The Adventure of the Blue Carbuncle
by Sir Arthur Conan Doyle
Page 2 of 10
"But you are joking. What can you gather from this old
"Here is my lens. You know my methods. What can you
gather yourself as to the individuality of the man who has worn
I took the tattered object in my hands and turned it over rather
ruefully. It was a very ordinary black hat of the usual round
shape, hard and much the worse for wear. The lining had been of
red silk, but was a good deal discoloured. There was no maker's
name; but, as Holmes had remarked, the initials "H. B." were
scrawled upon one side. It was pierced in the brim for a hatsecurer, but the elastic was missing. For the rest, it was cracked,
exceedingly dusty, and spotted in several places, although there
seemed to have been some attempt to hide the discoloured
patches by smearing them with ink.
"I can see nothing," said I, handing it back to my friend.
"On the contrary, Watson, you can see everything. You fail,
however, to reason from what you see. You are too timid in
drawing your inferences."
"Then, pray tell me what it is that you can infer from this
He picked it up and gazed at it in the peculiar introspective
fashion which was characteristic of him. "It is perhaps less
suggestive than it might have been," he remarked, "and yet
there are a few inferences which are very distinct, and a few
others which represent at least a strong balance of probability.
That the man was highly intellectual is of course obvious upon
the face of it, and also that he was fairly well-to-do within the
last three years, although he has now fallen upon evil days. He
had foresight, but has less now than formerly, pointing to a
moral retrogression, which, when taken with the decline of his
fortunes, seems to indicate some evil influence, probably drink,
at work upon him. This may account also for the obvious fact
that his wife has ceased to love him."
"My dear Holmes!"
"He has, however, retained some degree of self-respect," he
continued, disregarding my remonstrance. "He is a man who
leads a sedentary life, goes out little, is out of training entirely,
is middle-aged, has grizzled hair which he has had cut within the
last few days, and which he anoints with lime-cream. These are
the more patent facts which are to be deduced from his hat.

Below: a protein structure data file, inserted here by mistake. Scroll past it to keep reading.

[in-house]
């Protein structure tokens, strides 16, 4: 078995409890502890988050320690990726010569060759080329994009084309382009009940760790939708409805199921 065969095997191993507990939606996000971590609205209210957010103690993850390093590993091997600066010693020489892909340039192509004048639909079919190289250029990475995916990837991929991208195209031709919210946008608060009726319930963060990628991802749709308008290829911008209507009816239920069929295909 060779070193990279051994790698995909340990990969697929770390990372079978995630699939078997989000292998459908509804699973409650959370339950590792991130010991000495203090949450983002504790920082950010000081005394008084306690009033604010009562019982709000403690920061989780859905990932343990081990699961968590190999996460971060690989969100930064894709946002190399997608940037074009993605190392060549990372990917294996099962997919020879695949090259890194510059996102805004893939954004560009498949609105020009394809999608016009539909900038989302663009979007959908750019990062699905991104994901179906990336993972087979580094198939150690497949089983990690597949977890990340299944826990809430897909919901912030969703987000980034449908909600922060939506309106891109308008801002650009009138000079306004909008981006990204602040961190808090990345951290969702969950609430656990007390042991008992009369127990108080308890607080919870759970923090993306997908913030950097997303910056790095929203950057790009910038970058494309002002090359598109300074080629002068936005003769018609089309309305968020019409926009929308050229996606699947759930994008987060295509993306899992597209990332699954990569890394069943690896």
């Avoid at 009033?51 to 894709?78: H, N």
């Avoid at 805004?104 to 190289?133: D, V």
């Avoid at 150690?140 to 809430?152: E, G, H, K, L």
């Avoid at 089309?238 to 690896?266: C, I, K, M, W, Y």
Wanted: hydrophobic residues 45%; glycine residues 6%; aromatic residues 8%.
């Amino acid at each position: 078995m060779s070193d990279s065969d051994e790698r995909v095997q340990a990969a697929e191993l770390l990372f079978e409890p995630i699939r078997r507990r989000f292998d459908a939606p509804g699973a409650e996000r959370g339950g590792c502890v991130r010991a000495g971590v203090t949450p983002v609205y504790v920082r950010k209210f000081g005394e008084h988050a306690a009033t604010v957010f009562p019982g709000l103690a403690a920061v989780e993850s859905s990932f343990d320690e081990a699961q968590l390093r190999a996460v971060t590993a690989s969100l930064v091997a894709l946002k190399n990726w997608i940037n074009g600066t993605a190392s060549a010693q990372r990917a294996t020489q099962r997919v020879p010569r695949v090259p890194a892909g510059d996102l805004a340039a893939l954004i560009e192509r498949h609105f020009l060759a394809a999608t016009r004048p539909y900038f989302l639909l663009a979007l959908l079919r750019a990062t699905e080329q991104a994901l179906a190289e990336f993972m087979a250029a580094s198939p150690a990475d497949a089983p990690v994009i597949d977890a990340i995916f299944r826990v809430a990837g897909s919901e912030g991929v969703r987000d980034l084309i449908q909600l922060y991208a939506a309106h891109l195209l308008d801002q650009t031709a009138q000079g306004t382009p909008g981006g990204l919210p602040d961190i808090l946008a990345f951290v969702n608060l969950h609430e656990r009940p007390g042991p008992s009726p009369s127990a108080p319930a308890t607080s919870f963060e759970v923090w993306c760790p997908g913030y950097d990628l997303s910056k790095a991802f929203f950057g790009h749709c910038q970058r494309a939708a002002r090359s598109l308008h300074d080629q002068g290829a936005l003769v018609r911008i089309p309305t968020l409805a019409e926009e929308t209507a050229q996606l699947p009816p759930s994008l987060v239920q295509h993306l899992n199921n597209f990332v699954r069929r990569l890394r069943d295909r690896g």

Also, by the way, that it is extremely improbable that he has gas
laid on in his house."
"You are certainly joking, Holmes."
"Not in the least. Is it possible that even now, when I give
you these results, you are unable to see how they are attained?"
"I have no doubt that I am very stupid, but I must confess that
I am unable to follow you. For example, how did you deduce
that this man was intellectual?"
For answer Holmes clapped the hat upon his head. It came
right over the forehead and settled upon the bridge of his nose.
"It is a question of cubic capacity," said he; "a man with so
large a brain must have something in it."
"The decline of his fortunes, then?"
"This hat is three years old. These flat brims curled at the
edge came in then. It is a hat of the very best quality. Look at
the band of ribbed silk and the excellent lining. If this man could
afford to buy so expensive a hat three years ago, and has had no
hat since, then he has assuredly gone down in the world."
"Well, that is clear enough, certainly. But how about the
foresight and the moral retrogression?"
Sherlock Holmes laughed. "Here is the foresight," said he
putting his finger upon the little disc and loop of the hat-securer.
"They are never sold upon hats. If this man ordered one, it is a
sign of a certain amount of foresight, since he went out of his
way to take this precaution against the wind. But since we see
that he has broken the elastic and has not troubled to replace it, it
is obvious that he has less foresight now than formerly, which is
a distinct proof of a weakening nature. On the other hand, he has
endeavoured to conceal some of these stains upon the felt by
daubing them with ink, which is a sign that he has not entirely
lost his self-respect."
"Your reasoning is certainly plausible."
"The further points, that he is middle-aged, that his hair is
grizzled, that it has been recently cut, and that he uses limecream, are all to be gathered from a close examination of the
lower part of the lining. The lens discloses a large number of
hair-ends, clean cut by the scissors of the barber. They all appear
to be adhesive, and there is a distinct odour of lime-cream.
"This dust, you will observe, is not the gritty, gray dust of the street
but the fluffy brown dust of the house, showing that it has been
hung up indoors most of the time, while the marks of moisture
upon the inside are proof positive that the wearer perspired very
freely, and could therefore, hardly be in the best of training."